This marvel of computing is dependent on corneal-reflection tracking. Most systems use a sensor inside a computer-mounted camera to shine low-power infrared light on the cornea. Light reflects off the cornea and creates a detectable glint spot. The system pinpoints where the user is looking by comparing the glint spot to the position of the pupil. As the user looks around the screen, the glint spot keeps changing. The system’s camera predicts in real-time where a user will look by continuously taking images of the eye and running the images through a processor, which uses mathematical algorithms to make the prediction.
Many eye gaze users use the Grid software. The Grid is a program that lets people create custom screens and icons to do many tasks. Icons can be created in any size with custom pictures and text. When clicked, these icons can control a television and other infrared-controlled devices, play music, activate a chime tone to call caregivers, etc. A user can also design custom on-screen keyboards in the Grid with keys in any position.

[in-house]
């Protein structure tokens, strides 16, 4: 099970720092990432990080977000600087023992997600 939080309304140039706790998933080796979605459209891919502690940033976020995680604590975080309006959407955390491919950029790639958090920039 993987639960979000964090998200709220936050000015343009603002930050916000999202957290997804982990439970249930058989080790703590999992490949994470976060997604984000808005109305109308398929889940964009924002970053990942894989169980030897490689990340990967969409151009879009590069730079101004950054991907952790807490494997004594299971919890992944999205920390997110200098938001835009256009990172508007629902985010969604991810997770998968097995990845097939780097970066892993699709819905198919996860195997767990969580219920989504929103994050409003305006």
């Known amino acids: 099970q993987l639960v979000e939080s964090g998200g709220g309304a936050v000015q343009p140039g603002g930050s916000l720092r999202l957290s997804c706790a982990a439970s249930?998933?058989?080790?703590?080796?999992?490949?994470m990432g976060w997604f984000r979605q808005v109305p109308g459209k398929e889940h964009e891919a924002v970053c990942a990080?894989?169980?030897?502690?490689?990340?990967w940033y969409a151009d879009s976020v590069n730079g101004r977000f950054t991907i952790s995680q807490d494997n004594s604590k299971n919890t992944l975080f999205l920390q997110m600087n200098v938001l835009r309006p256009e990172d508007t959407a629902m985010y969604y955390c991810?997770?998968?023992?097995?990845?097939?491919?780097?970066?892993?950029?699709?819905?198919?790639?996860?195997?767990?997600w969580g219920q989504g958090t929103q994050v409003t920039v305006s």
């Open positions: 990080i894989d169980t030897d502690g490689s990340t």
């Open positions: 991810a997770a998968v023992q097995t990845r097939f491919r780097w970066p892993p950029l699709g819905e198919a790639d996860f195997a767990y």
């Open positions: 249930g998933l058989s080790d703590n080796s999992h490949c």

LC Technologies has been at the forefront of eye gaze since 1986, when a group of engineers created the company in a Virginia basement. They soon released the Eye Gaze System, a DOS computer with an enormous monitor. Nancy Cleveland, LC Technologies’ medical director, says it wasn’t portable, but it was a miracle for those with ALS, traumatic brain injuries or strokes. In her years with the company, Cleveland has seen eye gaze devices grow smaller, allowing for greater portability.
Eye gaze technology has dropped in price over the years, but it’s still a major investment. LC Technologies offers systems priced between $8,700 and $11,000. Every system comes with a mount and all the needed software and hardware. The optional Bluetooth Edge Link turns the Eyegaze Edge into a peripheral keyboard and mouse that can control any Windows or Mac computer.
Predicting a user’s gaze point so they can type accurately requires a quality camera and sophisticated image processing algorithms. Cleveland says the company’s systems remain the most accurate in the industry because they haven’t sacrificed accuracy for price.